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The profit and loss account (income statement)


This brief post covers the basics of the profit and loss account. The profit and loss accounts lists all income and expenditure, with the difference being they profit or loss made by the business. The profit and loss account has two parts, albeit in the same statement. The first part account calculates the profit earned from buying and selling goods. This is called the Trading account.

Here’s an example of the layout.

Trading account for Red Books for year ended 31/12/2009

€/£

€/£

Sales

250,000

LESS COST OF SALES

Opening stock

20,000

Purchases

150,000

170,000

Less closing stock

30,000

Cost of sales

140,000

Gross profit

110,000

Here’s a brief explanation of each of the some of the items and terms above. First, there is the title of the account. It informs the user of the name of the statement (what), the name of the business (who) and the time period involved (when).

Sales: The amount of money earned by the business selling books in the past year i.e. Income. Sales returns/returns in may have to be subtracted to get this figure.

LESS COST OF SALES: this is a heading, which indicates that this calculation is going to be completed. This calculation will work out the cost of all the books that were sold in the year. It is calculated as follows

Cost of sales = opening stock + purchases – closing stock.

Opening stock: This is the value of stock left over from the previous year. This stock will be the first to be sold in the this year, thus it is a cost for this year (c.f. the accruals concept)

Purchases: This is the cost of all the new books bought during the year. (Additional costs like carriage in and import duty might be added to the purchase cost). Purchase returns/returns out may have to be subtracted.

Closing stock: This is the value of all the books left at the end of the year. It is subtracted from opening stock and purchases, as it does not form part of the goods sold during this year (c.f. accruals concept).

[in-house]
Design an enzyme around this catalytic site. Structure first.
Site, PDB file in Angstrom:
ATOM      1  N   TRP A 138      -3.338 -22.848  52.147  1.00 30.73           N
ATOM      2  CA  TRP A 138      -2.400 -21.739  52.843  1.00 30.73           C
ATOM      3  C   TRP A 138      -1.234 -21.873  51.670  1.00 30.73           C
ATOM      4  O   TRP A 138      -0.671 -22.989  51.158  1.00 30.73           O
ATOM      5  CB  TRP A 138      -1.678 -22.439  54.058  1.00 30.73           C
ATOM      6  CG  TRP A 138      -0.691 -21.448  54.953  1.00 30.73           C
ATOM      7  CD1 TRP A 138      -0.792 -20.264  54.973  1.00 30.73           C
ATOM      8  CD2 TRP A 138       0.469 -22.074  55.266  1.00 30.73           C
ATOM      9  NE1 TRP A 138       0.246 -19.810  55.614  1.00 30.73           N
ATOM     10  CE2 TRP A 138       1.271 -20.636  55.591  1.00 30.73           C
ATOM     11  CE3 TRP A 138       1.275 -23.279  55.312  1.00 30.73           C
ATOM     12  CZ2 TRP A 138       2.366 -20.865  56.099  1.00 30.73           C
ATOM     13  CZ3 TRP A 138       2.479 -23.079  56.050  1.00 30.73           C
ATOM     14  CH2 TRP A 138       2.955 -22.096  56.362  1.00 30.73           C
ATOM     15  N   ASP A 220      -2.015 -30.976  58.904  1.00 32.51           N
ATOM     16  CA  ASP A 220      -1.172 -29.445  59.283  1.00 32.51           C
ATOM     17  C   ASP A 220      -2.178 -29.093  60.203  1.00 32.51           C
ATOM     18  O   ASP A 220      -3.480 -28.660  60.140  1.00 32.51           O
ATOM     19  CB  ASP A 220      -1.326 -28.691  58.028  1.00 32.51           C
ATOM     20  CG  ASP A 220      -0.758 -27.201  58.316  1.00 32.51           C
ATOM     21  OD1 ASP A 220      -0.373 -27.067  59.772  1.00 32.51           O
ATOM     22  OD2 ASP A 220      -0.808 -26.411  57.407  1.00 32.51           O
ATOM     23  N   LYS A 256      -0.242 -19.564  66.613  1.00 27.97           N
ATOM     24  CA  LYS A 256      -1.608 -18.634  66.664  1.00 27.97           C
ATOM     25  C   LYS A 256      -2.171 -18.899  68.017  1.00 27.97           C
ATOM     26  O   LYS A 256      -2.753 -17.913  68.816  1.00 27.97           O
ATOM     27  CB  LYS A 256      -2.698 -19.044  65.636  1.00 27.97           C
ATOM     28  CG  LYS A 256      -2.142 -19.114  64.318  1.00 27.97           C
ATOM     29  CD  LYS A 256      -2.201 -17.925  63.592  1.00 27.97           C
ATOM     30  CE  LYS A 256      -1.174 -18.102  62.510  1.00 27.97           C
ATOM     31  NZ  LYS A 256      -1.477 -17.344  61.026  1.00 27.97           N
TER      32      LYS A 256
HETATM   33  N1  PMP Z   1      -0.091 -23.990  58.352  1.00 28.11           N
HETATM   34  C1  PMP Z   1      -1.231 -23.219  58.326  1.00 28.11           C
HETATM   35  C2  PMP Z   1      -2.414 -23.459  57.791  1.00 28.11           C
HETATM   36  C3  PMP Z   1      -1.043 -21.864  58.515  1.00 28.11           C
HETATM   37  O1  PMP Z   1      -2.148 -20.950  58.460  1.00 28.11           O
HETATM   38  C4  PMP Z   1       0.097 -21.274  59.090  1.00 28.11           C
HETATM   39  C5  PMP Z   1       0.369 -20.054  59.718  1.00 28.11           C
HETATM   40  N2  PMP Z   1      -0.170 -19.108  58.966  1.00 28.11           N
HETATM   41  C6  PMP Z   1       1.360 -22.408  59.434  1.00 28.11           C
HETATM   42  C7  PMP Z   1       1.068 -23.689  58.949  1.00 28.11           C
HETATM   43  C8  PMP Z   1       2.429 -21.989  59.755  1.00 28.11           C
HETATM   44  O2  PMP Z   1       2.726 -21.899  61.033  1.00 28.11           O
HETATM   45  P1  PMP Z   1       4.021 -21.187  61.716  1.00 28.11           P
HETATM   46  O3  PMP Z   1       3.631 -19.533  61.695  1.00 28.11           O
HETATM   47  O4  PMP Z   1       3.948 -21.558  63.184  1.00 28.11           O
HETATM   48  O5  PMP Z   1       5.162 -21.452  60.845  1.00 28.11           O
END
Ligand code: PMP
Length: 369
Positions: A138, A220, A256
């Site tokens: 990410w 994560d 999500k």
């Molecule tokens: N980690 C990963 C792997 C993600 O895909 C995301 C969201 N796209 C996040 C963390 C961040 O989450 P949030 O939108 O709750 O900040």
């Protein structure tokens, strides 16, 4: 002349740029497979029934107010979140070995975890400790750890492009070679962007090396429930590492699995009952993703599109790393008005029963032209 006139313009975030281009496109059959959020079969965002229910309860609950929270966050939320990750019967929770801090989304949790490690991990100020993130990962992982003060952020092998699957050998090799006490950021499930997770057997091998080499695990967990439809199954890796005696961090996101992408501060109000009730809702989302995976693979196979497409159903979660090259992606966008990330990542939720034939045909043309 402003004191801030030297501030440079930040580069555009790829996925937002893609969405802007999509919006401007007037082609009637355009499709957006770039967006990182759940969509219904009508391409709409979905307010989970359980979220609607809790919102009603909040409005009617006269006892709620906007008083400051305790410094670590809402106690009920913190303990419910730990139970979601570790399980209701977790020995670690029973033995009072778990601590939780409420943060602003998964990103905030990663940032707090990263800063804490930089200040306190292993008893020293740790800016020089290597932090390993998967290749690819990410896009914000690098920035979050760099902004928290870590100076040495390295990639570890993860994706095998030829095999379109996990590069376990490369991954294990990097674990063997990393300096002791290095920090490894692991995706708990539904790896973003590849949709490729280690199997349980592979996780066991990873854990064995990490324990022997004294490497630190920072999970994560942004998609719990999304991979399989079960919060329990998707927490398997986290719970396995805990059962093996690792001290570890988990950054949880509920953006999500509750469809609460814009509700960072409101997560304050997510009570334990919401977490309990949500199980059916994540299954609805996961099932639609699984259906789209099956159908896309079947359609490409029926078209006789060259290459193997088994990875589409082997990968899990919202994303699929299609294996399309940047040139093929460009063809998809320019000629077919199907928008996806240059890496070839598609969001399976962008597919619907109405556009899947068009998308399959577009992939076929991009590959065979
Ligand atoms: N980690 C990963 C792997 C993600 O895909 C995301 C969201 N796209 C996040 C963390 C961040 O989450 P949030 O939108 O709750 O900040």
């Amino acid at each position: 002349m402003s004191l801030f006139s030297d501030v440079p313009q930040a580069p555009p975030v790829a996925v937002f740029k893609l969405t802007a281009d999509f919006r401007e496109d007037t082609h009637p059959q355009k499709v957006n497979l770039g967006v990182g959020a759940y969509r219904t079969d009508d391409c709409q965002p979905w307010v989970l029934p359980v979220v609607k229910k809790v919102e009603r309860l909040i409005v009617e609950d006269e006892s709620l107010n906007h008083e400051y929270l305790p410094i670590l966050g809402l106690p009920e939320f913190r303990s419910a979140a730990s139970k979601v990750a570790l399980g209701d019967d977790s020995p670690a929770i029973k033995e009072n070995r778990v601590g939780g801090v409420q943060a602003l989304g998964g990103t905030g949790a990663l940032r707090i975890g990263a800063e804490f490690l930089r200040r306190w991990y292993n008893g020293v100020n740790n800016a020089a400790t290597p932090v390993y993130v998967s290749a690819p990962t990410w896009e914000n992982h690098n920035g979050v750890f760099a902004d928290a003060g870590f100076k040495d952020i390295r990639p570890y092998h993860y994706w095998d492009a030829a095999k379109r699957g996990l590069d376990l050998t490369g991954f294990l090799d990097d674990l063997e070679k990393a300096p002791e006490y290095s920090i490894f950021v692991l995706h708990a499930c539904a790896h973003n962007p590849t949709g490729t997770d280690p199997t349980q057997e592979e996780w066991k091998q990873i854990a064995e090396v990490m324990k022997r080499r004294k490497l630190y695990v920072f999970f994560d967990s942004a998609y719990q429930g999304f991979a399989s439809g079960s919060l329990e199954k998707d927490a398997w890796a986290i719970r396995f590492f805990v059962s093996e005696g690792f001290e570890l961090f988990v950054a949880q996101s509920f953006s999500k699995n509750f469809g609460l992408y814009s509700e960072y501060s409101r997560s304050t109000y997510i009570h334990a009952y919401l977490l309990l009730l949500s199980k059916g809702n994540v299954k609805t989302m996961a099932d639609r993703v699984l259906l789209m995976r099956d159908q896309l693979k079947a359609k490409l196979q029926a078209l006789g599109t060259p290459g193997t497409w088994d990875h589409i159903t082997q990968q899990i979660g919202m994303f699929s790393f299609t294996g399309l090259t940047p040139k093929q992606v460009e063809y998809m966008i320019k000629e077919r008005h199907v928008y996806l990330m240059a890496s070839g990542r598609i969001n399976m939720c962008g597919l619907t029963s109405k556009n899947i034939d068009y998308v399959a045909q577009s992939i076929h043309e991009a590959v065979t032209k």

Cost of sales: This is the answer to the calculation of the cost of sales.

Gross profit: This measures the profit the business makes by buying and selling books. It is calculated as follows:

Gross profit = Sales – Cost of Sales

The second part, the profit and loss account calculates the profit the business has earned after allowing for all the expenses incurred in running the business. Here’s an example following on from the trading account above

Profit and loss account for Red Books for year ended 31/12/2009

€/£ €/£
Gross Profit 110,000
LESS EXPENSES
Wages and salaries 40,000
Depreciation 20,000
Light, heat and telephone 10,000 70,000
Net Profit 40,000

As you can see, the profit and loss account starts with the Gross Profit and deducts expenses to arrive at Net Profit. Net profit is the profit that is owed to the owner(s) of the business. In the case of a sole trader, this forms part of the capital of the business, whereas with a company the shareholders may be paid a dividend from available profits.

All other elements from the Trial Balance i.e. assets, liabilities and capital do not appear on the Profit and Loss account, but the balance sheet.

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About martinjquinn

I am an accounting academic, accountant and author based near Dublin, Ireland.

12 responses to “The profit and loss account (income statement)”

  1. nelly says :

    This was so helpful, thank you so much

  2. tqah says :

    what is import duty?

    • martinjquinn says :

      Import duty is a tax paid on goods imported from another country. It is normally paid by businesses.

  3. Mogomotsi says :

    I would like to know where would I allocate customs duty on my income statement?

    • martinjquinn says :

      Customs duty is not normally shown separately. It would be included in purchases or whatever expense it has been paid on.

  4. Ankit kapoor says :

    Where is custom duty recorded in financial statement ?

  5. jimmy says :

    What value should my opening stock have in the trading profit & loss account? should it be at the purchase value from manufacturer or the anticipated selling value from sales to be made

    • martinjquinn says :

      It should be the cost (or purchase value as you say), and this could include other costs like shipping costs for example

  6. Aleena says :

    Why we are doing opening stock less closing stock on companies profit and loss account?.what is the meaning of opening stock less closing stock? Opening stock comes from last year and closing stock from current year. Then why we minus this 2 items?

    • martinjquinn says :

      Opening stock from last year is assumed to be used this year, so is added (not subtracted as you say) to cost of sales this year. Similarly, closign stock is assume used next year, so is subtracted.

  7. Richard says :

    Wonderful breakdown. This was so clear! Thank you very much.

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